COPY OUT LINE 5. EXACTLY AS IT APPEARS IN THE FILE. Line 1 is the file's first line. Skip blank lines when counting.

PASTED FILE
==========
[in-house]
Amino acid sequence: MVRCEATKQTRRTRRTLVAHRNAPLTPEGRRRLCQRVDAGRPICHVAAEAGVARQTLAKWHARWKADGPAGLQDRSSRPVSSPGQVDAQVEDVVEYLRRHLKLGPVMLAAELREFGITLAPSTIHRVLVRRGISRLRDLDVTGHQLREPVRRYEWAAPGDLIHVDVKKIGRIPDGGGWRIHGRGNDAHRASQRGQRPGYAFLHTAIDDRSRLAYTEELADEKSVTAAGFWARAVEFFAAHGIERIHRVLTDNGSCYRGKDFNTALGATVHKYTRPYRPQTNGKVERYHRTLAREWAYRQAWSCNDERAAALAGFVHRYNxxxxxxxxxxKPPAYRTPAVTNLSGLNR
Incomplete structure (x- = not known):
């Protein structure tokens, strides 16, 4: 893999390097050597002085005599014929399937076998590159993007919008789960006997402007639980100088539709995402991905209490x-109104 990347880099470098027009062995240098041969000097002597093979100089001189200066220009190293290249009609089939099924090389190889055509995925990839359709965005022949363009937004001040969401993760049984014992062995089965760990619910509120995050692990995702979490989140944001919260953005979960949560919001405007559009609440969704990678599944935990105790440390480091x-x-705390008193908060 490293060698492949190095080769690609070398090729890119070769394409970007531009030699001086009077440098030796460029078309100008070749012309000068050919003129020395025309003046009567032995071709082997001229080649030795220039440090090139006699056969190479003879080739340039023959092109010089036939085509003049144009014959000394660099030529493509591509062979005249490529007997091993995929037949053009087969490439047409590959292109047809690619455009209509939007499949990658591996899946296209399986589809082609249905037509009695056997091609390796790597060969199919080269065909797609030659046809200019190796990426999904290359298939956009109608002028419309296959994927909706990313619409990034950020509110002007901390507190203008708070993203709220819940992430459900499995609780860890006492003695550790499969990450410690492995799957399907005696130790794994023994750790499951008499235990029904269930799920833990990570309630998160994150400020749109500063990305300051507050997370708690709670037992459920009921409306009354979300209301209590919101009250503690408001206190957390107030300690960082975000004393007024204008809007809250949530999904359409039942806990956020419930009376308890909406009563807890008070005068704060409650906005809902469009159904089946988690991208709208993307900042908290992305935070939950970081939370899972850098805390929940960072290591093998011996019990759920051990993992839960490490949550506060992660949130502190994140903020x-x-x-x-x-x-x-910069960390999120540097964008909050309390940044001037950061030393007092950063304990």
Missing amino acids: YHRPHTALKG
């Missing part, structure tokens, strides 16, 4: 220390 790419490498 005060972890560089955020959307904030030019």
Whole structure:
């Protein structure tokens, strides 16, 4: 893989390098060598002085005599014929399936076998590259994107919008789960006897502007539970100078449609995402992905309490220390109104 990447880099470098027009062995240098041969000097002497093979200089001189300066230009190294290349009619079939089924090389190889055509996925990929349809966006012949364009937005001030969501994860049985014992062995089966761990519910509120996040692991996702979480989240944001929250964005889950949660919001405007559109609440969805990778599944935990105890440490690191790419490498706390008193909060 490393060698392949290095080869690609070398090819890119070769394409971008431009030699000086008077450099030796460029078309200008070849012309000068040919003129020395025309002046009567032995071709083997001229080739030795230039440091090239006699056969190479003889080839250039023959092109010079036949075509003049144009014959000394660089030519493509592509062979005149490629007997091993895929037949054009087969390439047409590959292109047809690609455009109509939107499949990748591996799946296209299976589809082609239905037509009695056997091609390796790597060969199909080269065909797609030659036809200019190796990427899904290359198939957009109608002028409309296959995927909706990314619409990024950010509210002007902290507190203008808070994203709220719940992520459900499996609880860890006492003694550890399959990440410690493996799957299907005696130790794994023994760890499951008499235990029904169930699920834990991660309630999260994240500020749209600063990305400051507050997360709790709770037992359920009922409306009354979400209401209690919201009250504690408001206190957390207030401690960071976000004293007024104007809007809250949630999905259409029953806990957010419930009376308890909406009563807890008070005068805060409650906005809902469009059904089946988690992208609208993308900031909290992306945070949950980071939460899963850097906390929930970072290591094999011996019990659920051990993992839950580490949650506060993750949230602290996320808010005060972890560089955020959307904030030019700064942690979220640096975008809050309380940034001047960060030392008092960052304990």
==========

Missing amino acids: YHRPHTALKG